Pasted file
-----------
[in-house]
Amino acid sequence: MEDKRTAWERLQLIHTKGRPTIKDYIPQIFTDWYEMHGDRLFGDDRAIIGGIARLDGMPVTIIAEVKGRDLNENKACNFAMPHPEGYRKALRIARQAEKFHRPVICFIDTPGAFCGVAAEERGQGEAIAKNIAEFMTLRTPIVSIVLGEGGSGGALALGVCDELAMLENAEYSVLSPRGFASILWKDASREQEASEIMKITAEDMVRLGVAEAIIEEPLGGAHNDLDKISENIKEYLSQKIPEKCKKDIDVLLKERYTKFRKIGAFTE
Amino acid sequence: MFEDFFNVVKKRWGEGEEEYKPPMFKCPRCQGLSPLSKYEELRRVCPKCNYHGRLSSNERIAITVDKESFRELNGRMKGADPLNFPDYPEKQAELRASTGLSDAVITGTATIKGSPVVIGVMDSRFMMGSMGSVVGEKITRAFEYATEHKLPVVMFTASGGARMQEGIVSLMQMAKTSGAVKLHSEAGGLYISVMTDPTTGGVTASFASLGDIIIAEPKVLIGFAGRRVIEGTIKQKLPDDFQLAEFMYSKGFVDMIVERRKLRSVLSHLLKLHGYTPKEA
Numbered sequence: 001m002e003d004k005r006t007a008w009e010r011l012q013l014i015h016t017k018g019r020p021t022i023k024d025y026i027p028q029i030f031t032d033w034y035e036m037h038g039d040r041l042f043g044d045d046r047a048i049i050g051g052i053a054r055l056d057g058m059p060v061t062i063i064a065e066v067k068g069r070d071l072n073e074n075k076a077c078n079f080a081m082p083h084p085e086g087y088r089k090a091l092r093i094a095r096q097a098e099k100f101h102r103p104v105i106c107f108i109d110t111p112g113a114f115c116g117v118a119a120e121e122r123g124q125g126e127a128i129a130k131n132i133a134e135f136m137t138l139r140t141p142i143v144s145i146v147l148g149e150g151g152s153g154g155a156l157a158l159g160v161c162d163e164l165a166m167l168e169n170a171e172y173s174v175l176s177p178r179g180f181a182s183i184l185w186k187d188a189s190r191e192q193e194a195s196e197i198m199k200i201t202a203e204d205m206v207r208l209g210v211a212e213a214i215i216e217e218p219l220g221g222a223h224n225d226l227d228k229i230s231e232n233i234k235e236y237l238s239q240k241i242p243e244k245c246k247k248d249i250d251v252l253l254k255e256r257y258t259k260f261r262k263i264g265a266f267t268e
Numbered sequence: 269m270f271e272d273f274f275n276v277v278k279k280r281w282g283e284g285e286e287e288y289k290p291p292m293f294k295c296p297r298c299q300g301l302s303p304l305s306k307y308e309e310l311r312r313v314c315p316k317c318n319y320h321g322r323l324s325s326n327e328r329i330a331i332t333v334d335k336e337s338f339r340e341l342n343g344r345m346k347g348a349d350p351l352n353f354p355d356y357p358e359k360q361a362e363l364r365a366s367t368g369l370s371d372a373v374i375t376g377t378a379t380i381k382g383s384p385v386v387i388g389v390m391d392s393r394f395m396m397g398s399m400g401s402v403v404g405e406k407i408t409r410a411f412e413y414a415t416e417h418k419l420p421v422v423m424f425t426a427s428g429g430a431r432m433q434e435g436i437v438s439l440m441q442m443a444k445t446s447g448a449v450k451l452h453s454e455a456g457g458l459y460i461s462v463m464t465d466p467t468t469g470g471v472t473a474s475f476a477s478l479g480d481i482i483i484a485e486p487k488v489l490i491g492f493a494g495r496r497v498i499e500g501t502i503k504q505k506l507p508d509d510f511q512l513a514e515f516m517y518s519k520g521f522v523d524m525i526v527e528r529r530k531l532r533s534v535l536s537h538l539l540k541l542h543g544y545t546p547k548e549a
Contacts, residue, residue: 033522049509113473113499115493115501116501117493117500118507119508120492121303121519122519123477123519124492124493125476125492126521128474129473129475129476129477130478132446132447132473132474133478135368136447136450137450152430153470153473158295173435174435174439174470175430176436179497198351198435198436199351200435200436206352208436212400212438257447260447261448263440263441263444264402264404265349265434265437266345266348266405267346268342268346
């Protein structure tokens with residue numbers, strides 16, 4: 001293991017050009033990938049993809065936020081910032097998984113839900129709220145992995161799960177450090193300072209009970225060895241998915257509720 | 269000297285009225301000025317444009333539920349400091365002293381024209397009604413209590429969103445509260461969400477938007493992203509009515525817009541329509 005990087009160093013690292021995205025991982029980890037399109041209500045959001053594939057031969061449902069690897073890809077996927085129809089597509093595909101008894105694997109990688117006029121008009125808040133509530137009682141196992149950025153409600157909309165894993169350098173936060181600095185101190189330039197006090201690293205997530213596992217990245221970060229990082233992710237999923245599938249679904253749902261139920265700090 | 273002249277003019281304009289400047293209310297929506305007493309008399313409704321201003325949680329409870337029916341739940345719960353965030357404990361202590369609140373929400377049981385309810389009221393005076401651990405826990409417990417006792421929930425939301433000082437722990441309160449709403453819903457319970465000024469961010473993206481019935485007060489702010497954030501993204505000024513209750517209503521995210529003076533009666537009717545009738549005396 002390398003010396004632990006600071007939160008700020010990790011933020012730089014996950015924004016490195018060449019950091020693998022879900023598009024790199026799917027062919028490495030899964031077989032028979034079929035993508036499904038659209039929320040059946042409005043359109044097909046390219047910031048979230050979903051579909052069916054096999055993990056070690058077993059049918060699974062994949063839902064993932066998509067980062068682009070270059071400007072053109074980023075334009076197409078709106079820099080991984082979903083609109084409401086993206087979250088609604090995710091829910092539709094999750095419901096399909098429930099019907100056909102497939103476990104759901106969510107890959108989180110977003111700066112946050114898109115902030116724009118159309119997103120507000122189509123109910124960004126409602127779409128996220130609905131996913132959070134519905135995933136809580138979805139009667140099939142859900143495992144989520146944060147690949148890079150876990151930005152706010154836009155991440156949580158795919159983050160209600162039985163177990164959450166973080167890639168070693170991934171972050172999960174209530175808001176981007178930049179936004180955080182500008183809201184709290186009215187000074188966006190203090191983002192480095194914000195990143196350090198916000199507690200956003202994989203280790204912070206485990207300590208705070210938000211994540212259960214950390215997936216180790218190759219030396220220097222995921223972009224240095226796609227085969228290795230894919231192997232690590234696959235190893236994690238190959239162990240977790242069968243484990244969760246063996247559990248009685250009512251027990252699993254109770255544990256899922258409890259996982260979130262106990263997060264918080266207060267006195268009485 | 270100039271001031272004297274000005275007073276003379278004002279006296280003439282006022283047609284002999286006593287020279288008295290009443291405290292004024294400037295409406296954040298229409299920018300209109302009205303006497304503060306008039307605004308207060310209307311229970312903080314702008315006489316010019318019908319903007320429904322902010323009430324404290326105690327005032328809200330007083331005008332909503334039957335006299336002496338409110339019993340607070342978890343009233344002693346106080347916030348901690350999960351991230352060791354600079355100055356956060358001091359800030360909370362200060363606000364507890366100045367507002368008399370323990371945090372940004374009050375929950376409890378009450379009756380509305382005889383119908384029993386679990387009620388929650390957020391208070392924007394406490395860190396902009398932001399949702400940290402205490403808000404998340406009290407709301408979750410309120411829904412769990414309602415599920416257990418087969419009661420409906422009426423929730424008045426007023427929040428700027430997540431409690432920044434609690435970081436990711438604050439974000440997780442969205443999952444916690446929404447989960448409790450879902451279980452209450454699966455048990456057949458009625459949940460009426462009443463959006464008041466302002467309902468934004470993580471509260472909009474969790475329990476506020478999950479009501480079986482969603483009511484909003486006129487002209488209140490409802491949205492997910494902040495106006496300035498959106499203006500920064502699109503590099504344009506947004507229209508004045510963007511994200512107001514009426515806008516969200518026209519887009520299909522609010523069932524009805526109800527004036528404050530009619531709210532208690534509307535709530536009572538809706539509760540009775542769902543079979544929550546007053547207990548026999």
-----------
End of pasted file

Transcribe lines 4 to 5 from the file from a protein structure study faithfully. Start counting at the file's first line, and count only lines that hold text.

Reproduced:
Numbered sequence: 001m002e003d004k005r006t007a008w009e010r011l012q013l014i015h016t017k018g019r020p021t022i023k024d025y026i027p028q029i030f031t032d033w034y035e036m037h038g039d040r041l042f043g044d045d046r047a048i049i050g051g052i053a054r055l056d057g058m059p060v061t062i063i064a065e066v067k068g069r070d071l072n073e074n075k076a077c078n079f080a081m082p083h084p085e086g087y088r089k090a091l092r093i094a095r096q097a098e099k100f101h102r103p104v105i106c107f108i109d110t111p112g113a114f115c116g117v118a119a120e121e122r123g124q125g126e127a128i129a130k131n132i133a134e135f136m137t138l139r140t141p142i143v144s145i146v147l148g149e150g151g152s153g154g155a156l157a158l159g160v161c162d163e164l165a166m167l168e169n170a171e172y173s174v175l176s177p178r179g180f181a182s183i184l185w186k187d188a189s190r191e192q193e194a195s196e197i198m199k200i201t202a203e204d205m206v207r208l209g210v211a212e213a214i215i216e217e218p219l220g221g222a223h224n225d226l227d228k229i230s231e232n233i234k235e236y237l238s239q240k241i242p243e244k245c246k247k248d249i250d251v252l253l254k255e256r257y258t259k260f261r262k263i264g265a266f267t268e
Numbered sequence: 269m270f271e272d273f274f275n276v277v278k279k280r281w282g283e284g285e286e287e288y289k290p291p292m293f294k295c296p297r298c299q300g301l302s303p304l305s306k307y308e309e310l311r312r313v314c315p316k317c318n319y320h321g322r323l324s325s326n327e328r329i330a331i332t333v334d335k336e337s338f339r340e341l342n343g344r345m346k347g348a349d350p351l352n353f354p355d356y357p358e359k360q361a362e363l364r365a366s367t368g369l370s371d372a373v374i375t376g377t378a379t380i381k382g383s384p385v386v387i388g389v390m391d392s393r394f395m396m397g398s399m400g401s402v403v404g405e406k407i408t409r410a411f412e413y414a415t416e417h418k419l420p421v422v423m424f425t426a427s428g429g430a431r432m433q434e435g436i437v438s439l440m441q442m443a444k445t446s447g448a449v450k451l452h453s454e455a456g457g458l459y460i461s462v463m464t465d466p467t468t469g470g471v472t473a474s475f476a477s478l479g480d481i482i483i484a485e486p487k488v489l490i491g492f493a494g495r496r497v498i499e500g501t502i503k504q505k506l507p508d509d510f511q512l513a514e515f516m517y518s519k520g521f522v523d524m525i526v527e528r529r530k531l532r533s534v535l536s537h538l539l540k541l542h543g544y545t546p547k548e549a